In the last month, China’s highly successful private tutoring companies and many of its top tech companies, including entertainment giant Tencent, online retailer AliBaba and ride hailing app Didi, have all fallen foul of new Chinese government regulations and faced sharp share price falls. Meanwhile the second-largest Chinese property company Evergrande, which has now broken all four ‘red lines’ of prudential guidance issued by the central bank, has had its share price collapse by two thirds and its bond rating slashed to just above junk grade.

With the Chinese economy of similar order of magnitude in nominal terms to the US economy and much larger in PPP terms (and hence the dominant importer of most primary commodities), the stability of the Chinese economy is of importance not only to China.

As ever, Westerners speculate about motives. Kamikaze is not a concept generally associated with the Chinese. So what is going on?

The Cebr interpretation of this is less apocalyptic than that of some observers. We think two motives are at work, both intended to increase longer term stability. The first is a sense by the Communist Party that Chinese companies have played fast and loose with rules and have used western listings and VIE (virtual interest entity) listings to evade local laws. This both created risks and vulnerabilities which, if left unchecked, could put the whole system at risk. The second is that the scale of the borrowing that has partly fuelled Chinese growth since the 2008/09 financial crisis has its own risks and the authorities have been keen to defuse the credit bubble before it creates serious problems.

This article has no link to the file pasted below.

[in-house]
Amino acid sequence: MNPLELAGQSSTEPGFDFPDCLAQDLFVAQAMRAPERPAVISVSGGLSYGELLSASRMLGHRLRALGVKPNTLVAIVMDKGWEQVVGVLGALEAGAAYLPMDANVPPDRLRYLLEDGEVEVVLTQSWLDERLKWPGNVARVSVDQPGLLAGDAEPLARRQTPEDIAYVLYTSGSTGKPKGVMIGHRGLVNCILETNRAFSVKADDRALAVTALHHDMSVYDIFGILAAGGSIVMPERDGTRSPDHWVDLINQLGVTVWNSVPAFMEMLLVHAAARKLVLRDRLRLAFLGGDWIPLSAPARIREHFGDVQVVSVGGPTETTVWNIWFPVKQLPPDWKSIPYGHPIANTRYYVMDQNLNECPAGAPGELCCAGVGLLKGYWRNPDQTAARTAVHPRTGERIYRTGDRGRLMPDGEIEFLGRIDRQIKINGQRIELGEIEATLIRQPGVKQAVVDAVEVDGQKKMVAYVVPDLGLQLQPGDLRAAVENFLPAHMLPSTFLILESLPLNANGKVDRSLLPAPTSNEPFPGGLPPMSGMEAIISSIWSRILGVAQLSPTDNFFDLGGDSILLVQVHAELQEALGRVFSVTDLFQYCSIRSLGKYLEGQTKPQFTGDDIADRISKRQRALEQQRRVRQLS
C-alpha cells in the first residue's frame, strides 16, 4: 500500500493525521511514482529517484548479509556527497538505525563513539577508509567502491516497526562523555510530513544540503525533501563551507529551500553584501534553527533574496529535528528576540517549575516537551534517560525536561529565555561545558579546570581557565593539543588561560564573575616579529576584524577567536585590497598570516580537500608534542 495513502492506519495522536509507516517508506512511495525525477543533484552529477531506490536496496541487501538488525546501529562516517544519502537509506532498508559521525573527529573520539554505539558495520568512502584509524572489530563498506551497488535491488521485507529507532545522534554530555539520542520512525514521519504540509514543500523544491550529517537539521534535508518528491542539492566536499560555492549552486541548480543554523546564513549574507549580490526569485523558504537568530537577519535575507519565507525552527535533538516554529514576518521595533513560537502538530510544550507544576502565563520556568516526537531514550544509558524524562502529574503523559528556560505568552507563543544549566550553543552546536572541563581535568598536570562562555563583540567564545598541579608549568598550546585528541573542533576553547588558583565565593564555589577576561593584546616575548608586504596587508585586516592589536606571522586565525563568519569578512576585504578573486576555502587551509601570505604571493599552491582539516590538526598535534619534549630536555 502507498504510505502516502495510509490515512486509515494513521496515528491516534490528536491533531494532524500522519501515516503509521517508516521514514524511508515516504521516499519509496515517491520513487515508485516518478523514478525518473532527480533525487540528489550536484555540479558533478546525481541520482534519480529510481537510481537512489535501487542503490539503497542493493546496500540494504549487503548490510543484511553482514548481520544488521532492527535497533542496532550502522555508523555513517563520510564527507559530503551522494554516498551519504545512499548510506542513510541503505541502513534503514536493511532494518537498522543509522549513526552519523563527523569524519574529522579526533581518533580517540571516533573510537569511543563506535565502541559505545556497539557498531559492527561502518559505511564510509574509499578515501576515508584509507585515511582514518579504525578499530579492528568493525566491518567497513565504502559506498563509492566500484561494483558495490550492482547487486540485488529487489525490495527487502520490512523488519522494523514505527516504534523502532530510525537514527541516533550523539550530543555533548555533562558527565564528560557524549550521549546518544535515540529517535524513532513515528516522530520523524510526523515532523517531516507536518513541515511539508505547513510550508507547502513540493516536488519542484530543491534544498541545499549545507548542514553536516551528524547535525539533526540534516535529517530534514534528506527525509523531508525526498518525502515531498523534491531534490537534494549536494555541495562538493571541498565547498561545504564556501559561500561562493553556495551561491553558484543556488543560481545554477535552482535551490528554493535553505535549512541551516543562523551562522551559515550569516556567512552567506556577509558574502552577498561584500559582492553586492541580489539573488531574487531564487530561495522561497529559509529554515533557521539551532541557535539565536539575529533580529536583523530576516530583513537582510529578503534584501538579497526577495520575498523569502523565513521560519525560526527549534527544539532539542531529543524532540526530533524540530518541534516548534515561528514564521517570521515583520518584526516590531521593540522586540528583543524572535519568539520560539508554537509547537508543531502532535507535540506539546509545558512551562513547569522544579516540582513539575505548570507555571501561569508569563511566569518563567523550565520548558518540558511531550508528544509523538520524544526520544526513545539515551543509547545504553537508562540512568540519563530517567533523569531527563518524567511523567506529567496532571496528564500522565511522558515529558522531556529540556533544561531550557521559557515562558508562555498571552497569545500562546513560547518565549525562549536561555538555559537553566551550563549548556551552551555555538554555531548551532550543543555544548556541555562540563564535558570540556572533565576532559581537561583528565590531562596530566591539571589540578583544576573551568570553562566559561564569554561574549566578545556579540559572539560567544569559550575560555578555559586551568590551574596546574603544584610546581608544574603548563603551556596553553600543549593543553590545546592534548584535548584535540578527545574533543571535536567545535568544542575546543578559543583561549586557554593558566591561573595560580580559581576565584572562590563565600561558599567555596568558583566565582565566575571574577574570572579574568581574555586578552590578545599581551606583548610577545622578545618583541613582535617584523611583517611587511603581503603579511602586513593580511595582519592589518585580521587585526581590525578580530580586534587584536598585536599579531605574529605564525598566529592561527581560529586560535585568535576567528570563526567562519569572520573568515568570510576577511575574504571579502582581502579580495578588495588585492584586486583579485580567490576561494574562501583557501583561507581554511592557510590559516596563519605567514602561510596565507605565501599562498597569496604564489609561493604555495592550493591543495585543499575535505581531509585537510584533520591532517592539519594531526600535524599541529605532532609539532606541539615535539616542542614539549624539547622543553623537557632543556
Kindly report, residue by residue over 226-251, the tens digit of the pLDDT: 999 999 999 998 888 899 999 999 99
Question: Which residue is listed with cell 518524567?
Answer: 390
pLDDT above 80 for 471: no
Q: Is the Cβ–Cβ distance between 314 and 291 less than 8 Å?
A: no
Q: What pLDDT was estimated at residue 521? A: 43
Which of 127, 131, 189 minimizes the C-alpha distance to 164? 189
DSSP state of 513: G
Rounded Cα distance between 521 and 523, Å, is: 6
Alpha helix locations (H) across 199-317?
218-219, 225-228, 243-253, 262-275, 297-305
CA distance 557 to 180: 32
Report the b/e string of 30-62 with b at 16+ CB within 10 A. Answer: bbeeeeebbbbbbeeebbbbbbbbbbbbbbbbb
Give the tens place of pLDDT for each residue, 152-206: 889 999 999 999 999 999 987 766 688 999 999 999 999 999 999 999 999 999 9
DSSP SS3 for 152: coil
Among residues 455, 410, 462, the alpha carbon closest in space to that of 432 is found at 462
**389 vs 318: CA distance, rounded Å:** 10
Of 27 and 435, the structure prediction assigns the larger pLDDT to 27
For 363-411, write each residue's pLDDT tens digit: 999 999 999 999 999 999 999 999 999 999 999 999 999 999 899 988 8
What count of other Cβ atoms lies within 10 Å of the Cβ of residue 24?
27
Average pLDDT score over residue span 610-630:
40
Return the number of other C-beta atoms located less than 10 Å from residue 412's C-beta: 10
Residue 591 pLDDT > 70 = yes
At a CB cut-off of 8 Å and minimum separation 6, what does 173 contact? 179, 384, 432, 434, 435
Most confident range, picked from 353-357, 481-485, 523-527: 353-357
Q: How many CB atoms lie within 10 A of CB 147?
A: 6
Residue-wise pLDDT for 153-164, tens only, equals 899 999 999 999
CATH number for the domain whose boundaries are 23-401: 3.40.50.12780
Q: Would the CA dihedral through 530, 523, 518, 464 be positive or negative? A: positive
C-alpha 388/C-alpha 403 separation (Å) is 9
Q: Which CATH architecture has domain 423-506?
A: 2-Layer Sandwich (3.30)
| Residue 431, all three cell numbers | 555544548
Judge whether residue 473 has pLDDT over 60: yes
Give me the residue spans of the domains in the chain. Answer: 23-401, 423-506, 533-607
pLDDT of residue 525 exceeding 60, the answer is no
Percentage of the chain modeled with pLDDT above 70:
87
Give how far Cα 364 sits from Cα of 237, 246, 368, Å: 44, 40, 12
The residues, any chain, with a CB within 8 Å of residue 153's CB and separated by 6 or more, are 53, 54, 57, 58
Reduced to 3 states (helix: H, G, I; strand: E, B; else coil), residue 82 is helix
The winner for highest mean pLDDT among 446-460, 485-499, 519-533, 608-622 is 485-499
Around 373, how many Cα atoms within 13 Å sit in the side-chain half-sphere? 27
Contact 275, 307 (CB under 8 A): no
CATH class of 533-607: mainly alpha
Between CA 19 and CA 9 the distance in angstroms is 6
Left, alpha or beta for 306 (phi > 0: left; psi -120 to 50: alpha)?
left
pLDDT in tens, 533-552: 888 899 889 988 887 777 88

Evergrande has played an intrinsic part in the Chinese property boom. Because markets for other assets are less well established in China than in the West, many Chinese prefer to hold property as their main long term assets. In addition, it is possible to own property through nominee companies which means that undeclared sources of income (which remain considerable in China) can be laundered through the property market. 

The result is a substantial economic dependence on the property market with the average residential property worth 28 times average income (compared with an equivalent ratio of 9.5 for the UK, itself often accused of having expensive property). Combined with a standard model of housing development in the East where the development is financed by advance payments from potential purchasers, the potential for damage if the market collapses is considerable. And according to a 2016 article in Forbes magazine, 15% of Chinese residential property is fully paid for in cash, often transported in bulging suitcases.

Our guess is that the authorities are allowing a cooling of the property and other markets now as part of the price that they are prepared to pay to reduce the medium term risks to the system of a much larger collapse. And that they are trying to limit exposure to Western markets for a range of reasons, both political and economic.

While this adjustment is taking place, companies’ ability to raise capital will be more limited and bank lending more constrained. Both will reduce economic growth temporarily and we are revising down our Chinese growth forecast for 2021 and 2022 by about 1 percentage point each year. But the Chinese authorities will feel justified if a temporary dip enables them to avoid a more serious downturn, a risk that might have been reinforced if the West were to have an inflationary boom and bust at some point in the next decade.

Gordon Brown famously claimed to have ‘abolished boom and bust’ just before the evidence emerged that he had not. Might the Chinese authorities have succeeded where he failed?

Douglas McWilliams is Deputy Chairman of the Centre for Economics and Business Research (Cebr).